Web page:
“We are not expressing in this bill any opinion on whether this will be a trigger or a sequence of events” on immigration reform, Cornyn said Tuesday during a conference call with reporters. “We think it’s important that Congress, whether it’s the House or the Senate, as we address all of these issues on the context of immigration reform, that members have this to inform their judgments.”
Cornyn added that during private conversations with Senate Gang of Eight members Marco Rubio, R-Fla., and Lindsey Graham, R-S.C., he learned that they were “flummoxed” after discovering there is no current tool to evaluate DHS’s progress.
The Border Network for Human Rights, an El Paso-based organization that wants immigration reform that includes a path to citizenship, discredits the Border Security Act of 2013 as little more than a political ploy.
“We all agree there needs to be a way to measure what DHS is doing at the border and whether or not it is working. But now that ‘operational control’ has been scrapped, maybe we can look at whether DHS has done everything that politicians have asked for in the past,” Cristina Parker, communications director for the organization, said in a statement. She added that since 2007, DHS has not only expanded drone use but also built hundreds of miles of walls and fencing and doubled the number of agents on the ground, a fact the U.S. Border Patrol routinely advertises.
“It's obvious to those of us who actually live and work at the border that we are a political football in the immigration debate,” she said.
Jeremy Robbins, the director of the Partnership for a New American Economy, a bipartisan group of business owners and elected officials that advocates for immigration reform that expands access to visas and includes a path to legal status, said the organization wasn’t worried that the Cornyn-McCaul measure would hold up progress.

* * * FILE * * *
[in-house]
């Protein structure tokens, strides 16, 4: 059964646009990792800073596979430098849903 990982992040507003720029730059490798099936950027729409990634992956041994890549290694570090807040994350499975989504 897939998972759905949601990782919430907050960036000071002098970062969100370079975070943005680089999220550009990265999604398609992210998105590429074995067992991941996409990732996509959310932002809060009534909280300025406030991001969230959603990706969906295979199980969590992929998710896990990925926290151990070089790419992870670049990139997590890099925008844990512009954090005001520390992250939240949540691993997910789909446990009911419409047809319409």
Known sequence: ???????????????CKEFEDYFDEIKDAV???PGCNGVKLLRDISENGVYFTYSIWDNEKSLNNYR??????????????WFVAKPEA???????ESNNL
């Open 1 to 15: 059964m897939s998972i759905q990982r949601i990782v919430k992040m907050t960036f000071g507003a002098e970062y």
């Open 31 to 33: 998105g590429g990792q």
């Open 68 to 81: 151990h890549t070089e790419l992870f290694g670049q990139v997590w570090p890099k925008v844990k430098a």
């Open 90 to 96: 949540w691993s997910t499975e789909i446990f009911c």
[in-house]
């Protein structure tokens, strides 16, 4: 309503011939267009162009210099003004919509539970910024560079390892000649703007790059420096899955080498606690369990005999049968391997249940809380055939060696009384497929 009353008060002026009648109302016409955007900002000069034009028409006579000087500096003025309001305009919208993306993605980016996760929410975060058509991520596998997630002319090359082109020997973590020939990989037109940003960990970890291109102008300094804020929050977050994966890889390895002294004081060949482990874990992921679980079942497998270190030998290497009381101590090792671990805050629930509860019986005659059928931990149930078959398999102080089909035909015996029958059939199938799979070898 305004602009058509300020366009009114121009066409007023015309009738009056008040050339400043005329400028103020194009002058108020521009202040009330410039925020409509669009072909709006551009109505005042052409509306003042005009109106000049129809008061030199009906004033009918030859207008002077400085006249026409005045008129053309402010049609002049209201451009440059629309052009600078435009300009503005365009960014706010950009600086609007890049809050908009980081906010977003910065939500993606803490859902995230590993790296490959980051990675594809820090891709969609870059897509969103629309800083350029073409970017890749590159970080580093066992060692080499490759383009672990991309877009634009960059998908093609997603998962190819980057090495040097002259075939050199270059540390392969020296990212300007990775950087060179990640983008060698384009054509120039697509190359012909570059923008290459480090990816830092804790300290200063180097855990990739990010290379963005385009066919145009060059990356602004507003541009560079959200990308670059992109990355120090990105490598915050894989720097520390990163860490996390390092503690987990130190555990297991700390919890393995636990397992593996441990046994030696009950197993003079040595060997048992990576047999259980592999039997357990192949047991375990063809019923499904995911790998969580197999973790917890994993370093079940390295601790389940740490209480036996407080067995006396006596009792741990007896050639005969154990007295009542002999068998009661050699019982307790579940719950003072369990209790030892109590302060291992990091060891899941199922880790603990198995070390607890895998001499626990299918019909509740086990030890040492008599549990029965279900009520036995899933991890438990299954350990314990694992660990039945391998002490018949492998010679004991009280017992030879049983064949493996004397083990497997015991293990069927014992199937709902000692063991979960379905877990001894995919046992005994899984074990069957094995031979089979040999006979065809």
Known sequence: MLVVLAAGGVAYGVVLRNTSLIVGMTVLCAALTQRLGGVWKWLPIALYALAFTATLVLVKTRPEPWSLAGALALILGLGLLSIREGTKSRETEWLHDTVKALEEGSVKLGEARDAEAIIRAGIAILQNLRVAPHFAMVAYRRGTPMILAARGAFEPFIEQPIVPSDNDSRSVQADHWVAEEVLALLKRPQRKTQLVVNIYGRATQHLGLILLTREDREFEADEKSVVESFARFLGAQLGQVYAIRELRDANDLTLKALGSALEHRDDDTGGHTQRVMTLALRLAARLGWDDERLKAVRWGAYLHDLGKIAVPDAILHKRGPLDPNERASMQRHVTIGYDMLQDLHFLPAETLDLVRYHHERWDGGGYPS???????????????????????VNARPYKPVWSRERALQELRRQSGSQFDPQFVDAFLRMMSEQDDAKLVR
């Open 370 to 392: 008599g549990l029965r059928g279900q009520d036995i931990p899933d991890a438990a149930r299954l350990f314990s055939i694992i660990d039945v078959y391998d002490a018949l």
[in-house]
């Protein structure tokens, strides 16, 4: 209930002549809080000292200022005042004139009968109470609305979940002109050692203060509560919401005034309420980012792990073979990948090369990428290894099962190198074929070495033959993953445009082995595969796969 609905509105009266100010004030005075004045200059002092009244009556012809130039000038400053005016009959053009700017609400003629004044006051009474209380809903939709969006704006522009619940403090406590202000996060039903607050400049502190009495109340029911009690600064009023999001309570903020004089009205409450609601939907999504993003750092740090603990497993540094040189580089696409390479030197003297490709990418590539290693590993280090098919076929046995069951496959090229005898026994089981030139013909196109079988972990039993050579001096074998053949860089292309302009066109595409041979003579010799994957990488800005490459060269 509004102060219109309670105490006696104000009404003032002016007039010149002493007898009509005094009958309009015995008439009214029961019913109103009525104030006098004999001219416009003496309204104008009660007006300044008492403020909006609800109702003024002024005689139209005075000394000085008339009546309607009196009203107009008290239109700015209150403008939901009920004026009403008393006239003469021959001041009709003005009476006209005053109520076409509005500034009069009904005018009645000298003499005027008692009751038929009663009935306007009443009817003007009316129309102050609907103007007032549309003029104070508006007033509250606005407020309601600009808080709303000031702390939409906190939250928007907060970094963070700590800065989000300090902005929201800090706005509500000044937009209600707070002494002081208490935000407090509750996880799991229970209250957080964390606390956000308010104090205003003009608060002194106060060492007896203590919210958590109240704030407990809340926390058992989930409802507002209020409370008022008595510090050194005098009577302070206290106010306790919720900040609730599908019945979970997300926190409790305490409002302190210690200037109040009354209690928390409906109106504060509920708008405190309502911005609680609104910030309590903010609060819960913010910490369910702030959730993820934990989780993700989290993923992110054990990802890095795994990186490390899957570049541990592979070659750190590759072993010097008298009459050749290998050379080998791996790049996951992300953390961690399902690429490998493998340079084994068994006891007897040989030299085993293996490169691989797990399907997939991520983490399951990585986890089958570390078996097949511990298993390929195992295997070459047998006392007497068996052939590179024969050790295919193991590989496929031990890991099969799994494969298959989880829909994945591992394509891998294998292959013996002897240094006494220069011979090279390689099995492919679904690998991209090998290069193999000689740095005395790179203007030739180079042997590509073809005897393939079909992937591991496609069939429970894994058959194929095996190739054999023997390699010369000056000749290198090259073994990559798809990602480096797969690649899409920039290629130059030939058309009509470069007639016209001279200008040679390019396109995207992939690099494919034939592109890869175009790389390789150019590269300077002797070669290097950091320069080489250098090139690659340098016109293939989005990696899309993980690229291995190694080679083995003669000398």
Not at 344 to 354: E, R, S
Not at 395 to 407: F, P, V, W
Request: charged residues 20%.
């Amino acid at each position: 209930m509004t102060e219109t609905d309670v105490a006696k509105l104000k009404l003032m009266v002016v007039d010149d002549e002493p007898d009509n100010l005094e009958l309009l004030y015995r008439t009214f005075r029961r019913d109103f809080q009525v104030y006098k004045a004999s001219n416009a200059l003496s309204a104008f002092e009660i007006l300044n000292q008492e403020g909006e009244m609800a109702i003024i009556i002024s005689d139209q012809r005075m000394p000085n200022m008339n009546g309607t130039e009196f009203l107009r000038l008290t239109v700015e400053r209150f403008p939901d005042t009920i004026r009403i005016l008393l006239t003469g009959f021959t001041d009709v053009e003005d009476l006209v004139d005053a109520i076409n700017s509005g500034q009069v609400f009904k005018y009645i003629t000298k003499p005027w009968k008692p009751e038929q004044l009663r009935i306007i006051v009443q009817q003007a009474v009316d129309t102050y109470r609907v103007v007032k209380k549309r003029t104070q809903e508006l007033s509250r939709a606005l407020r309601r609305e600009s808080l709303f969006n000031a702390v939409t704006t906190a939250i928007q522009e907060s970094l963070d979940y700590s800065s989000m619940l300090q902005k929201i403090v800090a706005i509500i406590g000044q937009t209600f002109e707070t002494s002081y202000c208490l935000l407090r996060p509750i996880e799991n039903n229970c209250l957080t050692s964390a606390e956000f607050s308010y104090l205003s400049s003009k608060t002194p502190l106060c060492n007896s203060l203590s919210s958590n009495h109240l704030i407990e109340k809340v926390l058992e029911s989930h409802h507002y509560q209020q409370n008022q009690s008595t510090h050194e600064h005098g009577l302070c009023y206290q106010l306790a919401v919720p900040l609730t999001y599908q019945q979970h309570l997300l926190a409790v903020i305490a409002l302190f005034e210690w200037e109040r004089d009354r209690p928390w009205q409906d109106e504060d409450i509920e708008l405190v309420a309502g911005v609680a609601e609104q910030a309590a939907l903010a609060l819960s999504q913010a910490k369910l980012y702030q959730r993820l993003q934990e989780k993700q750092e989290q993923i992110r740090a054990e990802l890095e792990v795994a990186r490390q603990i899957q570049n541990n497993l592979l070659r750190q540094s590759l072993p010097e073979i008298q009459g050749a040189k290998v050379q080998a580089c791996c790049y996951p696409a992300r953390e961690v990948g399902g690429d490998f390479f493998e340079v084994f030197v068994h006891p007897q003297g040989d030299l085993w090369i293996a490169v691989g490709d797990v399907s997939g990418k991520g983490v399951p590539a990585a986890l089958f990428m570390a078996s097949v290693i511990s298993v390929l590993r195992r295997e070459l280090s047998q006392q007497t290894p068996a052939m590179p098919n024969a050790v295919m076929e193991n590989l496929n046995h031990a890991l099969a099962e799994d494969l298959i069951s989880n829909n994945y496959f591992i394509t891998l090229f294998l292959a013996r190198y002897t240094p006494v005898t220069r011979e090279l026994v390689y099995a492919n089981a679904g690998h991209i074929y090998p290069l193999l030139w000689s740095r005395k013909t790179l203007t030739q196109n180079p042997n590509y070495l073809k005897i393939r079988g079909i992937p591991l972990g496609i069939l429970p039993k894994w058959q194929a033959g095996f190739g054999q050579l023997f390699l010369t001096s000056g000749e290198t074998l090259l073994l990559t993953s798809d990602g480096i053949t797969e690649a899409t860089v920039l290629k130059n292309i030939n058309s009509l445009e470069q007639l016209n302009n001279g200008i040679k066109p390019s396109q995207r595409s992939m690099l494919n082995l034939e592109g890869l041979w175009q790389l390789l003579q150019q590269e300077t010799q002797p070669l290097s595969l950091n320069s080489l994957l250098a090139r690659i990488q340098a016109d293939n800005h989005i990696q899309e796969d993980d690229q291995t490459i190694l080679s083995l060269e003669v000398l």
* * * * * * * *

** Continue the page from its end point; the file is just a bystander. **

He acknowledged that there are two schools of thought on immigration reform and border security: one where the border needs to be secured before anything else, and another where the system is overhauled and illegal entries becomes less of a problem because of additional legal methods to enter.
“I think we are somewhere in the middle but certainly closer to the latter in the sense that the first position just doesn’t make sense empirically," he said. “There is no number of people you can put on the border and fix the problem. People are coming here to work, and 40 percent of the people here are overstaying their visas. They are not coming across the border [illegally],” he said.
In an email sent out Tuesday, Cornyn’s office said the measure has support from key border groups, including the Border Trade Alliance, the Texas Border Coalition and the South Texans’ Property Rights Association.
Monica Weisberg-Stewart, the chairwoman of the Texas Border Coalition’s immigration and border security subcommittee, said that while the federal government has spent more than $90 billion over the past decade to secure the border, the results are mixed. Apprehension rates may be up for illegal crossings in between the country's official border checkpoints, she said, yet powerful drug cartels from Mexico "continue to enjoy commercial success along the border, smuggling more drugs than ever into the country through these border crossings."
"It's an unfortunate fact that the U.S. Department of Homeland Security has not developed a cohesive strategy to correct this imbalance," she added.